Thursday, June 14, 2012

Mumbai's living space - worst of all worlds?

This is as much illuminating as is to be expected, 
Mumbai has perhaps the most extreme statistics of any metropolis. Its land mass is small, stuck like a crooked blade into the Arabian Sea. It has poor transport links, so people who work in the city live near it. That in turn means it has the highest population density of any big city. But it is also low-rise. Panama City has a taller skyline.
The result is tiny living spaces of 4.5 square metres (48 square feet) per person, compared with 34 square metres in Shanghai. And prices are high. Mid-town flats cost $1m-3m. The average price of a 1,000-square-foot pad in the city is perhaps $250,000, or 90 times GDP per head. With flats out of reach, the share of people in slums has risen to perhaps 60%, compared with 20% in Rio de Janeiro and Delhi. Of the rest, about half live in rent-controlled digs, sometimes propped up by wooden staves, or flats for public-sector employees.
Two regulatory restraints - floor area ratio (FAR) restrictions and rent control regulation - are the biggest impediments to expanding supply and thereby lowering prices. Given the massive demand, rapidly growing immigration, and virtually depleted shelf of vacant lands, the only way to generate built-up space for accommodation is to go up vertically by redevelopment of existing units. Any other reform has to revolve around these two fundamental changes. Till they are addressed, Mumbai will suffer from the twin-curse of  inadequate and unaffordable residential  space.  

I have already blogged, here and here, about the adverse consquences of the FAR restrictions and how it compares with cities elsewhere in the world. The impact of the Rent Control Act has been no less debilitating. Of Mumbai's approximately 16142 rent-controlled properties, more than 5000 are older than 100 years and only 3% of all the rent-controlled units have been redeveloped so far.

For a variety of reasons, FAR restrictions continue to rule the roost. However there is hope that the old rent control regulations could soon be reformed. The Government of India have mandated that reforms to rent control legislations, in line with a model Residential Tenancy Act 2011, is a precondition for states to access funding under the Rajiv Away Yojana (RAY) project which provides massive central government grants for urban housing an slum redevelopment.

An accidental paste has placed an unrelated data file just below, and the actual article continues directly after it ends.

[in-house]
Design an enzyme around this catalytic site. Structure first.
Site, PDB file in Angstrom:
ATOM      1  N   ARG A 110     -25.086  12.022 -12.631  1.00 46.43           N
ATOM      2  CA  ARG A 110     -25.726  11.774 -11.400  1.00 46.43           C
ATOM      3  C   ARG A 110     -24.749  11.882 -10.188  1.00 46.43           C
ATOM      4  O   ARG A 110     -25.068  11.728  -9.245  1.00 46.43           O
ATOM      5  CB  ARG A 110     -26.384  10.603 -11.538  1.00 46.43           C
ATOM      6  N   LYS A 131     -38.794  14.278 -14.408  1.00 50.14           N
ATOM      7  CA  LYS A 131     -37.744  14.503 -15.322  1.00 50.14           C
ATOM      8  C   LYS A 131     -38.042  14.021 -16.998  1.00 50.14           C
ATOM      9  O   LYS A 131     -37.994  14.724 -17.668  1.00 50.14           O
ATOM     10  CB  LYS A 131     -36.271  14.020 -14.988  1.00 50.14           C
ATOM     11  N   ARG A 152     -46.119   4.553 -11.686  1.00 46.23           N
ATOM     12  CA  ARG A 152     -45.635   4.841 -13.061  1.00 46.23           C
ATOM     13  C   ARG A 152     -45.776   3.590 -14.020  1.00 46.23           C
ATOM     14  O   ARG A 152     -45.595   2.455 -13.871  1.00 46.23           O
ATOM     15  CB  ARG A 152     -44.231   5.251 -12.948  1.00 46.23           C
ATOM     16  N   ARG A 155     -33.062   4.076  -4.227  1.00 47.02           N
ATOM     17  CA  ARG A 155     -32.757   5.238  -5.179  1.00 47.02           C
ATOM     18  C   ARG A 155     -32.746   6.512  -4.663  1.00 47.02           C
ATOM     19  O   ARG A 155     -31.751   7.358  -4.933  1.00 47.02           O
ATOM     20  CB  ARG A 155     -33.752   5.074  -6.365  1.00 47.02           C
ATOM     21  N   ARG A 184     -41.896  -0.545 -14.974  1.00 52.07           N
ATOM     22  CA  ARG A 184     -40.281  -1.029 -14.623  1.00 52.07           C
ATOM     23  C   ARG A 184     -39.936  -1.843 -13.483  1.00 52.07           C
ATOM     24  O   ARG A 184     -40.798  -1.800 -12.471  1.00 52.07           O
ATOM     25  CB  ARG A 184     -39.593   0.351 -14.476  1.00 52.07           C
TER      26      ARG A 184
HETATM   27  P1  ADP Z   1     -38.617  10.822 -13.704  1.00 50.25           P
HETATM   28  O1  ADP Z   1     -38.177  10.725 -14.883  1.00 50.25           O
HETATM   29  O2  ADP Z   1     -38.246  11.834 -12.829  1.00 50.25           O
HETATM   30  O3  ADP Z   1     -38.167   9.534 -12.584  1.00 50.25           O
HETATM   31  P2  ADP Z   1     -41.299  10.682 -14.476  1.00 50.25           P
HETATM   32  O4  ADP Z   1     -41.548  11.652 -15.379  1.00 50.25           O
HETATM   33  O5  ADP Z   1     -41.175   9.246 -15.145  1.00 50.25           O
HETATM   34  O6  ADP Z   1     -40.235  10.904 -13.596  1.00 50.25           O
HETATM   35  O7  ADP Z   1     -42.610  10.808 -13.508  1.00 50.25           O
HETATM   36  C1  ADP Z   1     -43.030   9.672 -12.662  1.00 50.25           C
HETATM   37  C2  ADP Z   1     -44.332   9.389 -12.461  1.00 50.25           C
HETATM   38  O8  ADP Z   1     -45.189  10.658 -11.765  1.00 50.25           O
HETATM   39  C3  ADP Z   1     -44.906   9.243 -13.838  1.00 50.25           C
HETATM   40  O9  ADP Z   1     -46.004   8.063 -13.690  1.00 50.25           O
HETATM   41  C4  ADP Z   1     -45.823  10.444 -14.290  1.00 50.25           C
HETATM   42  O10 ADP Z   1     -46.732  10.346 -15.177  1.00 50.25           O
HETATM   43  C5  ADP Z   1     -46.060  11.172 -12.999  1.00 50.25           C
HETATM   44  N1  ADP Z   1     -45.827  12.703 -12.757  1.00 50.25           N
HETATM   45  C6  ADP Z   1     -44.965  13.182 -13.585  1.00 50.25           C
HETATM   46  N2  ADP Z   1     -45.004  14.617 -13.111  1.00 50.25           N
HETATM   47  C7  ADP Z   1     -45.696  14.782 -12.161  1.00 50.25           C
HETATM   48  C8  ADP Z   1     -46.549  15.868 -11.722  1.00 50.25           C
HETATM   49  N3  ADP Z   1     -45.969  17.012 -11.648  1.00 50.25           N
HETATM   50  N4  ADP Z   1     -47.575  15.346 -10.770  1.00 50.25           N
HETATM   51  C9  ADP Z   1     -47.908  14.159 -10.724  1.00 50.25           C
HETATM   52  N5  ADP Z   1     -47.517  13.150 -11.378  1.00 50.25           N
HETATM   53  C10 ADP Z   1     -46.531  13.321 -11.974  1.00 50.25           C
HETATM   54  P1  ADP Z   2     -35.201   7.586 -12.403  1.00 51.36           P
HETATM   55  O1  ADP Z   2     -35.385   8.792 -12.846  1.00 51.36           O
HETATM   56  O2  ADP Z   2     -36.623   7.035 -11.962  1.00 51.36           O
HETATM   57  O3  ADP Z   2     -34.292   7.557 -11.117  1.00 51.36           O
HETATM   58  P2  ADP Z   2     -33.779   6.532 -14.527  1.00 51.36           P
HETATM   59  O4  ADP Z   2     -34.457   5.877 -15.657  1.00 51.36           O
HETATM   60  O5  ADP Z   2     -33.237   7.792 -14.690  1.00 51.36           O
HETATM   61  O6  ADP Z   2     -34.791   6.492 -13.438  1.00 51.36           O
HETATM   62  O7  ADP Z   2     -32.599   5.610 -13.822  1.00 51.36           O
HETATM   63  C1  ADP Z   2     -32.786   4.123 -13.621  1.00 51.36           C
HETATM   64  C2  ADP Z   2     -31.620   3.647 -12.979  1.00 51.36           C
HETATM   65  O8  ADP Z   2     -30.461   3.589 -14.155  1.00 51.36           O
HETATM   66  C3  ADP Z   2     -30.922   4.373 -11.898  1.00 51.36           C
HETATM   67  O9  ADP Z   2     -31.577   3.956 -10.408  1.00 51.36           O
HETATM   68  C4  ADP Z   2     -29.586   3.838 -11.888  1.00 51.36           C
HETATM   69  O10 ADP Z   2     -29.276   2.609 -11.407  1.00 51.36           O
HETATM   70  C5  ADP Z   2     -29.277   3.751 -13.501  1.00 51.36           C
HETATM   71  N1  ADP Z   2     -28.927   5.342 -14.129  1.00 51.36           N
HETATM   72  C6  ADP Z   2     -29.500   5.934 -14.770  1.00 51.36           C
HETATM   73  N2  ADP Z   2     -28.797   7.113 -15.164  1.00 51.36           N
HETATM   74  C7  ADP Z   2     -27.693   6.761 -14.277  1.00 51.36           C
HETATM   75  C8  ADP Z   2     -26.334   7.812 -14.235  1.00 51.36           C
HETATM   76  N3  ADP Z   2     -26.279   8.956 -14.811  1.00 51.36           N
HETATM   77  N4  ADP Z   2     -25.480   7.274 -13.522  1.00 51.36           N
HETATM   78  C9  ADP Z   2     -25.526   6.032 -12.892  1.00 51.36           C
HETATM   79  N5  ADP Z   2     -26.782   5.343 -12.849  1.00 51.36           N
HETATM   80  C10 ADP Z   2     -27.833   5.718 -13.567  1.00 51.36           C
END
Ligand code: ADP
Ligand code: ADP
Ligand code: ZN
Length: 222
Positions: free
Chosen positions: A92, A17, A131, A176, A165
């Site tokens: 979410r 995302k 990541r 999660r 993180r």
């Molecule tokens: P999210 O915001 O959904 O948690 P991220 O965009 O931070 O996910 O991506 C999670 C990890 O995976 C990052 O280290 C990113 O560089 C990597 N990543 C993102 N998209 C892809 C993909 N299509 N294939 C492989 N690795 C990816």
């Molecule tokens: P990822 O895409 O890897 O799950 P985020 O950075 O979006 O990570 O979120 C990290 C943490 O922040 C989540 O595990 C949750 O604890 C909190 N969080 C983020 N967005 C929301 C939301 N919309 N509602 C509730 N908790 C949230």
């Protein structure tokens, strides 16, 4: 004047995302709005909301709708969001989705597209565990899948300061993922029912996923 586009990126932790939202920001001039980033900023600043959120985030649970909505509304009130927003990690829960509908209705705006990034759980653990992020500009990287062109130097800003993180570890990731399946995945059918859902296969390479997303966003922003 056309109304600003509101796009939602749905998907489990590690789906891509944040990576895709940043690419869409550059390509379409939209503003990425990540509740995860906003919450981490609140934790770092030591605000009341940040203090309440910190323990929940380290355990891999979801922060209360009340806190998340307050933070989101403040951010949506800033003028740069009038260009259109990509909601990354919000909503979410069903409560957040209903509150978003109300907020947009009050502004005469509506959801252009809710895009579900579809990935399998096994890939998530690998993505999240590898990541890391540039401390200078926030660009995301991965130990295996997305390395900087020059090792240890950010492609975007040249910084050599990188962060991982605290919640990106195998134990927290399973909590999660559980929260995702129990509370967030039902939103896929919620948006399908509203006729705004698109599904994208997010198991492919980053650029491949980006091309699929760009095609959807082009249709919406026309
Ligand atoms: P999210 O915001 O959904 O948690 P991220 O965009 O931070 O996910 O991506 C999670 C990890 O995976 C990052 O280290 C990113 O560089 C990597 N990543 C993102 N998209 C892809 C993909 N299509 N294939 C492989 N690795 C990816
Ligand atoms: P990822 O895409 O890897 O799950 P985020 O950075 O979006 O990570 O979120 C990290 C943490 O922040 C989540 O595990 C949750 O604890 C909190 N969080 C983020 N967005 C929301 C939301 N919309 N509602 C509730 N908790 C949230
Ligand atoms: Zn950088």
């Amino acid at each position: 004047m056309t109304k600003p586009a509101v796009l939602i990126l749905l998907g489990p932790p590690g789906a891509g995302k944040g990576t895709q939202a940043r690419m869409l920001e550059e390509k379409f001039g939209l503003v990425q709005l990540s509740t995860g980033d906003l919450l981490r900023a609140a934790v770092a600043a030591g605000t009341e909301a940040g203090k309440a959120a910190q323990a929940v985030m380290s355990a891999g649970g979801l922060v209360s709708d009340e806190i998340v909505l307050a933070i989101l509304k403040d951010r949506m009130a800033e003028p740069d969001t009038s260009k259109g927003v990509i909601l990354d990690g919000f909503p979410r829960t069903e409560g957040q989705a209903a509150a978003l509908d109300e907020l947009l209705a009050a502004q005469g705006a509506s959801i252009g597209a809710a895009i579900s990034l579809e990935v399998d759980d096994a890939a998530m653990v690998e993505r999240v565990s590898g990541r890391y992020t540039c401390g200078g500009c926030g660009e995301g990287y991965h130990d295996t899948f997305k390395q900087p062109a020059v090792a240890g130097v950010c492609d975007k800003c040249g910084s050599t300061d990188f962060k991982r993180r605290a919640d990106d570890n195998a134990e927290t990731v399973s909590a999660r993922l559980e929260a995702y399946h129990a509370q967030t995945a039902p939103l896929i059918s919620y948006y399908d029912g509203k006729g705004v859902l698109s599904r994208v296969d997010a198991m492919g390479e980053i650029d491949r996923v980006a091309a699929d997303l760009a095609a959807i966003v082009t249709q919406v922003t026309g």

There is the successful precedent of repeal of the Urban Land Ceiling Act in many states as a precondition to receiving funding under the JNNURM. But the populist nature of the debate surrounding any repeal of rent control, in so far as it would impact large numbers of tenants paying paltry rents for decades, will be a formidable obstacle to this reform.   

3 comments:

Sai Prasad said...

u hit the nail on the head. Pardon the colloquialism.

But the issue and the solutions offered are put in very clear terms and the debate needs to more in the direction of how to --- increase FAR and remove rent control regulations.

The rent control regulation is, obviously, a means of achieving welfare at the cost of the home owner. What makes it very repungent is that the cost is borne by a very small section of the citizenry.

ARS (Architectural Refinishing Services) said...

I read your blog so useful and informative i like it .thanks...

Glass Repair

Violet Jessy said...

Buying a residential space in Mumbai is a difficult task. Also the cost of investment would be too high.